Second I've decided to expand my experiment to more than one experiment. I just picked up 5 black broilers and 4 red broilers, mixed sex, approximately 3 weeks old for $3.75 each a little more expensive but I was able to buy a small number (husband's desire) and they have been fed for 3 weeks/no brooder or heat lamp needed here in florida and I don't have to worry about them being so small and fragile. They seem smaller than 3 weeks should but I think the lady fed them mostly scratch. I'll be putting them on 19% plus mealworms and duckweed, black soldier fly larva if they ever show us (last year they were everywhere).

    Third I also picked up 3 dark cornish, 2 male, one female. Hoping for a nice fat roo to breed back to some.... not sure yet probably australorps but maybe red lace wyandotte's.

    Also grabbed a pair of Dominiques with the thought of maybe breeding to the cornish.

    I intend to track weight/ loosely see who's looking good at 13 weeks. I'll probably keep 3 roos for a while longer to see who is the loudest, nicest to the girls and such. Others will most likely all be sent to the freezer.

    My maran roo out there now is looking really heavy for about 20 weeks, but he is very noisy. I'll try and weigh him tomorrow.

    I know CX's will outperform all the above but they aren't sustainable by me and my hubby hates growing, killing and eating them. Personally, I thought our excess boy barnvelder tasted so much better than the CX's so I'm willing to try other ways to get a great taste from my chickens. Though if these black broilers, can walk, put themselves up to roost at night and finish in 10 weeks, I'll be going back for some of those.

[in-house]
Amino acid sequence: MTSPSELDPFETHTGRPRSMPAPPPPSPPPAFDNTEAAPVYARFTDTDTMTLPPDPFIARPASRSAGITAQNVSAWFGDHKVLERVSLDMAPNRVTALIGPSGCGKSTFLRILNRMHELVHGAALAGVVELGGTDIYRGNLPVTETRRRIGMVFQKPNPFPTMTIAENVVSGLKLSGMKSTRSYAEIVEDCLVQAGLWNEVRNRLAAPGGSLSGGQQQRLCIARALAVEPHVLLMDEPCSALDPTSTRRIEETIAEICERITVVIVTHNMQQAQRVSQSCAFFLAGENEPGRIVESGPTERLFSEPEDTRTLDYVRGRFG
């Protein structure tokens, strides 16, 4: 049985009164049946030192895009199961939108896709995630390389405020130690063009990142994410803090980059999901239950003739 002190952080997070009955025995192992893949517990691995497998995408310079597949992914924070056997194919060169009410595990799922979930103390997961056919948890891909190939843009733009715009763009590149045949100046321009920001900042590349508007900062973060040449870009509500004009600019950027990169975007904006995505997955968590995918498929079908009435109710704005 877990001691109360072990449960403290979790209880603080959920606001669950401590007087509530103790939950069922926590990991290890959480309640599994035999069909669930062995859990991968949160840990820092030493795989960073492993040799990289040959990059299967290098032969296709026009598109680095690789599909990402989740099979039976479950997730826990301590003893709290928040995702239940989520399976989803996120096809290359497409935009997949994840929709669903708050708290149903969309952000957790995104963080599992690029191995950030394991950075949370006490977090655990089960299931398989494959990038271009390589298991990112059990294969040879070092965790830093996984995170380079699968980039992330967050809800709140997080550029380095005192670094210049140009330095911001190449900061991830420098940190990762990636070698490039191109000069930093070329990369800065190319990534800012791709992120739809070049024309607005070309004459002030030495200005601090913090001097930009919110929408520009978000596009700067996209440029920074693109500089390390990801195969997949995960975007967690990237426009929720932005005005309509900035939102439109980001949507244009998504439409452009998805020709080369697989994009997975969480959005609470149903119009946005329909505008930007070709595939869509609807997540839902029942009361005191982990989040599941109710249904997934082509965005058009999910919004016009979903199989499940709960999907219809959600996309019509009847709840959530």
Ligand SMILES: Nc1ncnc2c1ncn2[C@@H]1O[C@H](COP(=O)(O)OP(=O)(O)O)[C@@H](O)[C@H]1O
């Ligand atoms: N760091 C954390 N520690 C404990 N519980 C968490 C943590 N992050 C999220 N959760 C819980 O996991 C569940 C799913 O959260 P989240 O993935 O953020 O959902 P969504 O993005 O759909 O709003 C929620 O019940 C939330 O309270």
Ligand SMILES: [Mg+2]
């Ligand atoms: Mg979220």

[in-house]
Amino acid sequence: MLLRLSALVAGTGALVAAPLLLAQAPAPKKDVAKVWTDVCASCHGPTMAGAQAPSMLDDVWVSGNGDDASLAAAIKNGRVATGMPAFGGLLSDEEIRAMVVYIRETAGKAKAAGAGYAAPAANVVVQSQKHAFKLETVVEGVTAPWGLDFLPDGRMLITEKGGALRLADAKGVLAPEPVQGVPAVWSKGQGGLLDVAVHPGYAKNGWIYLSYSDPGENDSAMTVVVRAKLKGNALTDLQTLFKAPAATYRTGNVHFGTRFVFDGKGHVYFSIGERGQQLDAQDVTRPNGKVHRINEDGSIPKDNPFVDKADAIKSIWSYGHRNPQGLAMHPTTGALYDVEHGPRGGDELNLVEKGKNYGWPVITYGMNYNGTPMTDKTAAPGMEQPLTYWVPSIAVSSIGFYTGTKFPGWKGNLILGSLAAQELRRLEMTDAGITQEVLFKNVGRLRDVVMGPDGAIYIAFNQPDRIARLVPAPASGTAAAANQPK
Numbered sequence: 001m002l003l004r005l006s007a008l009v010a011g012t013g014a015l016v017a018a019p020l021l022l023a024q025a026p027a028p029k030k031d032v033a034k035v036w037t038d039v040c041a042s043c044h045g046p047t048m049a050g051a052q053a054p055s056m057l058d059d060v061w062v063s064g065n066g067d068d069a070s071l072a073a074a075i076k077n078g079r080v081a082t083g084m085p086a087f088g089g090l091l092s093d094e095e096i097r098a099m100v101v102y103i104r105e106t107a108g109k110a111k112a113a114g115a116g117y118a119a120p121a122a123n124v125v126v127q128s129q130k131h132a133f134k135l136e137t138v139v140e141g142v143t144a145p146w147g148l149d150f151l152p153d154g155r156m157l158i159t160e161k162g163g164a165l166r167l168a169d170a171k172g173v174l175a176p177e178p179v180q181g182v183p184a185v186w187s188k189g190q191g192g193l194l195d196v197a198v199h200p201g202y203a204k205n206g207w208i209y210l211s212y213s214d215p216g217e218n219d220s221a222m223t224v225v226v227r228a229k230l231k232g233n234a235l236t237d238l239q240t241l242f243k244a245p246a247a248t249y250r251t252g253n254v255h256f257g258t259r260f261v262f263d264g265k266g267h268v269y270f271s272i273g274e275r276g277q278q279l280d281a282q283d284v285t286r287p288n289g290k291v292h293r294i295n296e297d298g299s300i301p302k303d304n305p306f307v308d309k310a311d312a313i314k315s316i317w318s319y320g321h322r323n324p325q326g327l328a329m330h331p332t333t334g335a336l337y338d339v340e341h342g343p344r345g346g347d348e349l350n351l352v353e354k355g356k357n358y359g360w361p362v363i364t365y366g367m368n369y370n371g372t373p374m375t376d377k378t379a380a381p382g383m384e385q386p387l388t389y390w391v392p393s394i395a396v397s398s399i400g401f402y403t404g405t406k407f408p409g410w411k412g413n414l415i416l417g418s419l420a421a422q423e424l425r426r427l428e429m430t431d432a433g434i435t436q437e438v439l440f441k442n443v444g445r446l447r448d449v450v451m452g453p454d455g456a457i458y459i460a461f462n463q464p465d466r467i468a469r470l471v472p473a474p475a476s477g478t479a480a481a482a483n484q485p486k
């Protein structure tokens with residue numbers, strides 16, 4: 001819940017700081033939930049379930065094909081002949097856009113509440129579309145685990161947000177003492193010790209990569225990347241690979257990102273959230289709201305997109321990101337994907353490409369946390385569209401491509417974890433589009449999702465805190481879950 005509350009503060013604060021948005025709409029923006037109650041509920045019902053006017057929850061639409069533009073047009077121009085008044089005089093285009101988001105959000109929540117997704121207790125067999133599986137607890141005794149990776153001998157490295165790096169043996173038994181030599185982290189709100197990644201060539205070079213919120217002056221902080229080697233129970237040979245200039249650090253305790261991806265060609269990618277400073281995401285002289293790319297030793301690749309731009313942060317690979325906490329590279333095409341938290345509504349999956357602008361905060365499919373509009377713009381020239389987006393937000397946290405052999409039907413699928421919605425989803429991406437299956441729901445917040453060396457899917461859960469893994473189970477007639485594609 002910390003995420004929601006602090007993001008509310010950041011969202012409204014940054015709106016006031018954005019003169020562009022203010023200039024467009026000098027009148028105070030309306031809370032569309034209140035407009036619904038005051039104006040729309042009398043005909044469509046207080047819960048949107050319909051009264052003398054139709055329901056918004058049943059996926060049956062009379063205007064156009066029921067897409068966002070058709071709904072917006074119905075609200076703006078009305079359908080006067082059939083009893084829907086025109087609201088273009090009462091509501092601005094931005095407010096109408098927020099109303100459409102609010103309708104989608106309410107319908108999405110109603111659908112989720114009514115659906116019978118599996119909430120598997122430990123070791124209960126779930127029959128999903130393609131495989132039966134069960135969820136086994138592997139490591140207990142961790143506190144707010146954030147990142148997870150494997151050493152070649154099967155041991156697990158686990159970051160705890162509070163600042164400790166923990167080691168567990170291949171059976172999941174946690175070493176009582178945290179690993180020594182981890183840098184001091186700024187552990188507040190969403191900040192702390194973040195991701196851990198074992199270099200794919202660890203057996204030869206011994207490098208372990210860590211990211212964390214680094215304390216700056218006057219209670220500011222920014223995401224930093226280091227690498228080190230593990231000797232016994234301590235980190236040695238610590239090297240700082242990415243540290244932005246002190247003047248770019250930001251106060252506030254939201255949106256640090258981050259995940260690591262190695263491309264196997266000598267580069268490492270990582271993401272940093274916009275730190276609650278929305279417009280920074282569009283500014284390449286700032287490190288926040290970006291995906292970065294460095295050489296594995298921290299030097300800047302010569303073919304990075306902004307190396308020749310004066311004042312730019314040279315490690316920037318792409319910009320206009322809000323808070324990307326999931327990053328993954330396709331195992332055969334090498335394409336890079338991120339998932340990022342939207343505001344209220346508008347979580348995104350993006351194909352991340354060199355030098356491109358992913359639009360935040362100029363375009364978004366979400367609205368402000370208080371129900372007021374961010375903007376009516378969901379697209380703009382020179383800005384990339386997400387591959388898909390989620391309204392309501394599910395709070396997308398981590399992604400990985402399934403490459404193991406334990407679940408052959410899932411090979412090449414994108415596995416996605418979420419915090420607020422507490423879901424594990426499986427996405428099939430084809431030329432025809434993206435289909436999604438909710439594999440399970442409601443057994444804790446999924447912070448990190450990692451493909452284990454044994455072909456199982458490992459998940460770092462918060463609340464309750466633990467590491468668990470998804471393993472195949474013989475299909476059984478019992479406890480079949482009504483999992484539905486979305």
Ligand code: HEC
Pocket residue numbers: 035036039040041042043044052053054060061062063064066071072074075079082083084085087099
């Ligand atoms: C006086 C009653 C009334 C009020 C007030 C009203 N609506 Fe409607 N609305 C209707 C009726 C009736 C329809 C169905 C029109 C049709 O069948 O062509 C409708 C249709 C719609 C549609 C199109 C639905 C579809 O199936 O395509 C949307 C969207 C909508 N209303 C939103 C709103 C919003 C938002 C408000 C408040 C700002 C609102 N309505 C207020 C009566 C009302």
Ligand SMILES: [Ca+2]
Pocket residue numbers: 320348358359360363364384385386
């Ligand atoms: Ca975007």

Nothing is more back breaking than lifting 25 - 8 lb cornish crosses off the ground and into their coop because they are too lazy to walk up the ramp.

    I also may switch to a tractor though I have a nice 400 sf run which for small batches should stay relatively clean and with the crosses actually wasn't scratched bare by the end. we had seeded with rye many weeks before they went out there and the rye was thick and long. They gave it a good trim and right beside the coop was bare but not more than 20% of the area.
     
    Last edited: May 27, 2012
  7. kizanne

    kizanne Songster

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    Ok, so the first experiment is dead in the water. Oh, she is still broody but I candled last night, day 8 and nothing developing. I am pretty sure it was the roosters fault. He was only 21 weeks old and while he was mounting and I found some bullseye eggs I cracked I think he isn't quite mature enough to be making babies. I'm getting some fertile White Delaware eggs today hopefully and stick just a few under there, the rest will go into the bator Thursday.


    Second Experiment, generic black and red broilers from a person who 'locally' sells chicks that she gets or hatches from not sure where. They were supposed to be about 3 weeks old and they have wing feathers and don't need a heat lamp. They weighed on average about 4.5 ounces with the largest almost 7 ounces.

    Third experiment, I also picked up the dark cornish from the same place and about the same age. They are currently a little agressive and touble makers so they may not make it past 6 lbs. maybe even 5 before I eat them.

    Got some Wyandotte eggs on order so that cross them too, and hopefully get some pretty eggs also. Small batches of fast growers that is what I'm aiming for.

    By this time next year I want to have my own crossed fertile eggs that I can hatch out about 8 a month or 16 every 2 months. 25 CX's were too much work for me, and they were filthy animals, I didn't even use high protein feed. Also with small batches I can supplement their feed with free food like duckweed (high in protein and has some nice greenery to boot). I know what I hatch won't be as consistent as hatcheries but hey I'll still eat them :)